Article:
At our station we have several permanent Observatories, one of them is the UnderWaterObservatory (UWO) belonging to the the Alfred-Wegener-Instiut, Helmholtz Centre for Polar- and Marine Research.
The system consists of two parts: One is the so called ‘Underwater Node’ which is installed at the seabed at 12 m depth. Connected to this node is the underwater stereo-camera RemOs1 (Remote Optical System) as well as other sensors.
The RemOs1 is a floating system which regularly takes a vertical profile to the surface and measures the salinity, temperature, oxygen and takes stereoscopic pictures every half hour. With this pictures the scientist can get a glimpse of what life is abundant in the fjord – at all times, even during the polar night!
The second part of the UWO is on land. The so called ‘Ferry Box System’ pumps water from approximately 12m depth and analyses it continuously. It measures hydrographical parameters of the water, such as the temperature of the water, the salinity, the oxygen saturation, the turbidity, the amount of Chlorophyll A and the pH-value.
In the last 1 ½ months we noticed a mysterious loss of oxygen – where did it go? Was it a malfunction of the sensor? We could not think of an explanation.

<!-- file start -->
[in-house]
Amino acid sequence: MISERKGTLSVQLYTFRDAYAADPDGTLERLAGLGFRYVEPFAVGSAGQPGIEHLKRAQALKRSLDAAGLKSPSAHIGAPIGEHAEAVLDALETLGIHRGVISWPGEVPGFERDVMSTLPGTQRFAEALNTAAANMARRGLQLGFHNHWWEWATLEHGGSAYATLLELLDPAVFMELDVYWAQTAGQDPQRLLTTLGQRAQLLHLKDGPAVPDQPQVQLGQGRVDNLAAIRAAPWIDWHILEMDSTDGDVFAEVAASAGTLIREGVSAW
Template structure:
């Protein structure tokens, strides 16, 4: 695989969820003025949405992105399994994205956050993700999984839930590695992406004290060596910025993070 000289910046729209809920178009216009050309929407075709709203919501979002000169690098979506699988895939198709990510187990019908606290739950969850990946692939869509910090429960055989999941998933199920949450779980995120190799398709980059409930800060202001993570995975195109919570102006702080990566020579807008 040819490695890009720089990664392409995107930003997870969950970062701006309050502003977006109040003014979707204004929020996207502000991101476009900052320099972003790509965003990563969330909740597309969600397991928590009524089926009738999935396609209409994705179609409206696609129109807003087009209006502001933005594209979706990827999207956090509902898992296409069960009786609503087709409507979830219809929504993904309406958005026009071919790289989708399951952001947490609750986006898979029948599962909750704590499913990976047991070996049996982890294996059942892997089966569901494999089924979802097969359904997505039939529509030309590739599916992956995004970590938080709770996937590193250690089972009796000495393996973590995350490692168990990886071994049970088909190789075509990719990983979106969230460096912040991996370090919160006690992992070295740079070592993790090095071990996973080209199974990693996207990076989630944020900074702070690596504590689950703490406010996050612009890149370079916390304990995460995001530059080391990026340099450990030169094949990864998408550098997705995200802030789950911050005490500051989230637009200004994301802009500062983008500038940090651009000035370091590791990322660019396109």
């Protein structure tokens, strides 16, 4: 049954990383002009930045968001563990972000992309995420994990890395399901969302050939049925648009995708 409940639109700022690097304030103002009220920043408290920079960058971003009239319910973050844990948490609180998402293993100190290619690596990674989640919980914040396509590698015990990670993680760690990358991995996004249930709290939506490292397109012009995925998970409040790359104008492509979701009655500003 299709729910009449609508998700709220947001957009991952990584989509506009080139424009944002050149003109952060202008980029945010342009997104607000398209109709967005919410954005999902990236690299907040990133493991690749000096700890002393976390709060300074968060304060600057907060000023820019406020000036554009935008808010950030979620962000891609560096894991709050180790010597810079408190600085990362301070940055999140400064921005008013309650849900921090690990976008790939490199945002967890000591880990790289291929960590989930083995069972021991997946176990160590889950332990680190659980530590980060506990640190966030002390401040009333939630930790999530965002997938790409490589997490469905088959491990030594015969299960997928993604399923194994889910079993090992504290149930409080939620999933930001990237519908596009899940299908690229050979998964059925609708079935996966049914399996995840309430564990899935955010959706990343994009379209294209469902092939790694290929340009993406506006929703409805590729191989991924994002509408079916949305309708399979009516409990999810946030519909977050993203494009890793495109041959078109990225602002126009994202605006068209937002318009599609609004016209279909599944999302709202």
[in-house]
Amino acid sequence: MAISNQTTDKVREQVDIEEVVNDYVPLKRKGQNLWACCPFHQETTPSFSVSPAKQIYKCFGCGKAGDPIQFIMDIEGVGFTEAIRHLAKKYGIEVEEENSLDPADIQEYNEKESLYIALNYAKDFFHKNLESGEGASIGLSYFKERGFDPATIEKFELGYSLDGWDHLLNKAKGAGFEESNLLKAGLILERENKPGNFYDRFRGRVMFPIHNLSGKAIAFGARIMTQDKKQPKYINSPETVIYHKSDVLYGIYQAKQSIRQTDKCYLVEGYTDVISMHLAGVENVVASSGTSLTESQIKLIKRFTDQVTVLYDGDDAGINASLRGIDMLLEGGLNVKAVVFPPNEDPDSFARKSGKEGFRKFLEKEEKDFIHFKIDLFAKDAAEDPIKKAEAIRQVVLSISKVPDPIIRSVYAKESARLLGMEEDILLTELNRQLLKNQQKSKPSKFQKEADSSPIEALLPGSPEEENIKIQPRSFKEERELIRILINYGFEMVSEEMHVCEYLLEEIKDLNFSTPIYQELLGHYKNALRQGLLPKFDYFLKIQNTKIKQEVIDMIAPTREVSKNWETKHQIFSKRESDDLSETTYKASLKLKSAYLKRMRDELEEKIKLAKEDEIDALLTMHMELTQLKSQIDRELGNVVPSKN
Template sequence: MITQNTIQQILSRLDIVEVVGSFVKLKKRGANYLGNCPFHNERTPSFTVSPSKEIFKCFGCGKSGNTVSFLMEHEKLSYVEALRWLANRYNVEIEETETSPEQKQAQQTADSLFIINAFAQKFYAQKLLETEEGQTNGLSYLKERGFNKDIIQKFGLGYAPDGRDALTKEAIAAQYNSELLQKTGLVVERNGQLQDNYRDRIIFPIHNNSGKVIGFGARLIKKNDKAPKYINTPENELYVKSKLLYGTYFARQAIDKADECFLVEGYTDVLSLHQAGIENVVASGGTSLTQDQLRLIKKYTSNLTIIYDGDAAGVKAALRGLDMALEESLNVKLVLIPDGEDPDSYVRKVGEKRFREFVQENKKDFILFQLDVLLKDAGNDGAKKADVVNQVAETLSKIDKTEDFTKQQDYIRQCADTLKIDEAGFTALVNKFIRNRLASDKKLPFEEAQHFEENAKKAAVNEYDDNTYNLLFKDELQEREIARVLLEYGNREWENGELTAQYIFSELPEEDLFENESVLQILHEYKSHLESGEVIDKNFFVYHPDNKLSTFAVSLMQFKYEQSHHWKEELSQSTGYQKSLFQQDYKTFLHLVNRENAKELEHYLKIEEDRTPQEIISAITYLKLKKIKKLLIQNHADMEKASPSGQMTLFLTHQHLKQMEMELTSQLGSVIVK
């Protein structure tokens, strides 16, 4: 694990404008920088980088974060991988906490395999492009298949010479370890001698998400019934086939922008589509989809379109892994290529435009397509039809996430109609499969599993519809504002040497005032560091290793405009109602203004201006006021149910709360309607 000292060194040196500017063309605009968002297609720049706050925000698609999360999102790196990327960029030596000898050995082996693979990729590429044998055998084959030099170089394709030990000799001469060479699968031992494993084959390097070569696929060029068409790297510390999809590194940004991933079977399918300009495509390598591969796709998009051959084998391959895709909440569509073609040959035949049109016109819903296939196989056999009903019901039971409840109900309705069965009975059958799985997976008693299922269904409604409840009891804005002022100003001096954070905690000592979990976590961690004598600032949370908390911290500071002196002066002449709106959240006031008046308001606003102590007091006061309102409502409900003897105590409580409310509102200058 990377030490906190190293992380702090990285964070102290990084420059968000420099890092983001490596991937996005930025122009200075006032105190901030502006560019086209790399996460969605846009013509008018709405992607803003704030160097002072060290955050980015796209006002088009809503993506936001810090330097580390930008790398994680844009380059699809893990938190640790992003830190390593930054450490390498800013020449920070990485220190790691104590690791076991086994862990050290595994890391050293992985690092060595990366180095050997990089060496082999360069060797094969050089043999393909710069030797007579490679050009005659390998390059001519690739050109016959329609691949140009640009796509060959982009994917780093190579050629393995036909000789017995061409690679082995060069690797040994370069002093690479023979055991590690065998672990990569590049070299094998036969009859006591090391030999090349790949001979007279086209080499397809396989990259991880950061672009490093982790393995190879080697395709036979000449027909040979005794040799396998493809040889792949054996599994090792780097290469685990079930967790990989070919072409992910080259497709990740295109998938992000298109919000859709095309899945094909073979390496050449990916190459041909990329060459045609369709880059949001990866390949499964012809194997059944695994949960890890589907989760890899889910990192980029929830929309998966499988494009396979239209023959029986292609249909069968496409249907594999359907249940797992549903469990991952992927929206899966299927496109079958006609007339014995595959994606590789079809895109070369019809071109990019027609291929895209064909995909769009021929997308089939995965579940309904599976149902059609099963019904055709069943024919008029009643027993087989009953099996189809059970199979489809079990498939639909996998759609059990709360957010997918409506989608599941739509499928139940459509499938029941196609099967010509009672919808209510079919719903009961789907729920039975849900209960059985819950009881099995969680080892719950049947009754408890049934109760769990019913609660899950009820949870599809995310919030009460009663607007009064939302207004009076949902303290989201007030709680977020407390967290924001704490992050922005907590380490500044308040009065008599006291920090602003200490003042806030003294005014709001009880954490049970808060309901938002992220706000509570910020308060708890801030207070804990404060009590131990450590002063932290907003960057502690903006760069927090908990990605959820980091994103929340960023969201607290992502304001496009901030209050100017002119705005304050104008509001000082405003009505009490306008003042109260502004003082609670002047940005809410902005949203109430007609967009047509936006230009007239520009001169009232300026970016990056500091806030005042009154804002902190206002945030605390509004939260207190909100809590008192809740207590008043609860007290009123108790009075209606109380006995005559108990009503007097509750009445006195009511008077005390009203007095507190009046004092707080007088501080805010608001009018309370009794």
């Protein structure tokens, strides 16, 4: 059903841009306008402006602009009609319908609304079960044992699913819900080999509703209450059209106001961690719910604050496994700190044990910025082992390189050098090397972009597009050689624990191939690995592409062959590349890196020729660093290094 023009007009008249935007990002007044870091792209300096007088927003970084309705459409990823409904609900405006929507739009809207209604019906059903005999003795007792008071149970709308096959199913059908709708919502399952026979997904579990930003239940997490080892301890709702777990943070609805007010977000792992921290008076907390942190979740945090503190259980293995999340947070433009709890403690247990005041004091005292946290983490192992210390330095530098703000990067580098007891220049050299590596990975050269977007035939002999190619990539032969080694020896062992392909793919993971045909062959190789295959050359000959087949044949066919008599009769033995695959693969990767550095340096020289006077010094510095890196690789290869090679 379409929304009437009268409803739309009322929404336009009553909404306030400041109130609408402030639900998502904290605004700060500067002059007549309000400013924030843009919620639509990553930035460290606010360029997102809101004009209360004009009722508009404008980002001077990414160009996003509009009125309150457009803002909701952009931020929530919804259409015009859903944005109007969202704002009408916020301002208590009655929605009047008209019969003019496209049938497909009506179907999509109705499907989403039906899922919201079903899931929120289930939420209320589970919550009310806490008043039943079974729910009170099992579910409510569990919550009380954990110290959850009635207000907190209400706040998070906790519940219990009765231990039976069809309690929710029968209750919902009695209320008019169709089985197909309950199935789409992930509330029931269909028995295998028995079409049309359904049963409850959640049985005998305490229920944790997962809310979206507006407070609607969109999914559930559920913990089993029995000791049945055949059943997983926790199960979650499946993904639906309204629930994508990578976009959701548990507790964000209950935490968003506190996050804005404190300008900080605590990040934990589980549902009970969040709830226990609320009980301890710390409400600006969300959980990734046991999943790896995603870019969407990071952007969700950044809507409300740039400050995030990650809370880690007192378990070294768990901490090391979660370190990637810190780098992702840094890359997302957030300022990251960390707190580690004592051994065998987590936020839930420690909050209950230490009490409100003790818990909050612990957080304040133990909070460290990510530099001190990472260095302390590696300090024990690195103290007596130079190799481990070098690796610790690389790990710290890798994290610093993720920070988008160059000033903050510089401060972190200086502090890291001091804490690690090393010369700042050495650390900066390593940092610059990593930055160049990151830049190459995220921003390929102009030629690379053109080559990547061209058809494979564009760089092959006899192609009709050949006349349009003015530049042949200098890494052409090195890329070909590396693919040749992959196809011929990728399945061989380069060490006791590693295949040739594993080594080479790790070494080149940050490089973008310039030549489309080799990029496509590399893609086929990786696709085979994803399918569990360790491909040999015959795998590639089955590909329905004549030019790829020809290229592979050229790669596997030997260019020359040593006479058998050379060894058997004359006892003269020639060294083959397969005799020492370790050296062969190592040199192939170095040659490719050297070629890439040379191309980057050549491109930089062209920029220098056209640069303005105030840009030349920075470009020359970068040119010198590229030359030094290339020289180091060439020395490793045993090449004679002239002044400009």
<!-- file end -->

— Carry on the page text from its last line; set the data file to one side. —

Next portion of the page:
Last week the team working with this system finally arrived at the station and started to investigate. After taking a closer look at the inside of the oxygen sensor, they discovered something: Inside this tiny space was a tiny animal living, slowly feeding on the oxygen in the water. It had slowly grown over time and by now was nearly filling up the whole sensor compartment! The responsible organism was determined as a barnacle. This small creature most certainly entered the system as a larvae while swimming in the water – and then settled at the most comfortable place which seems to be the oxygen sensor. We freed the poor creature ad the values jumped back to normal straight away!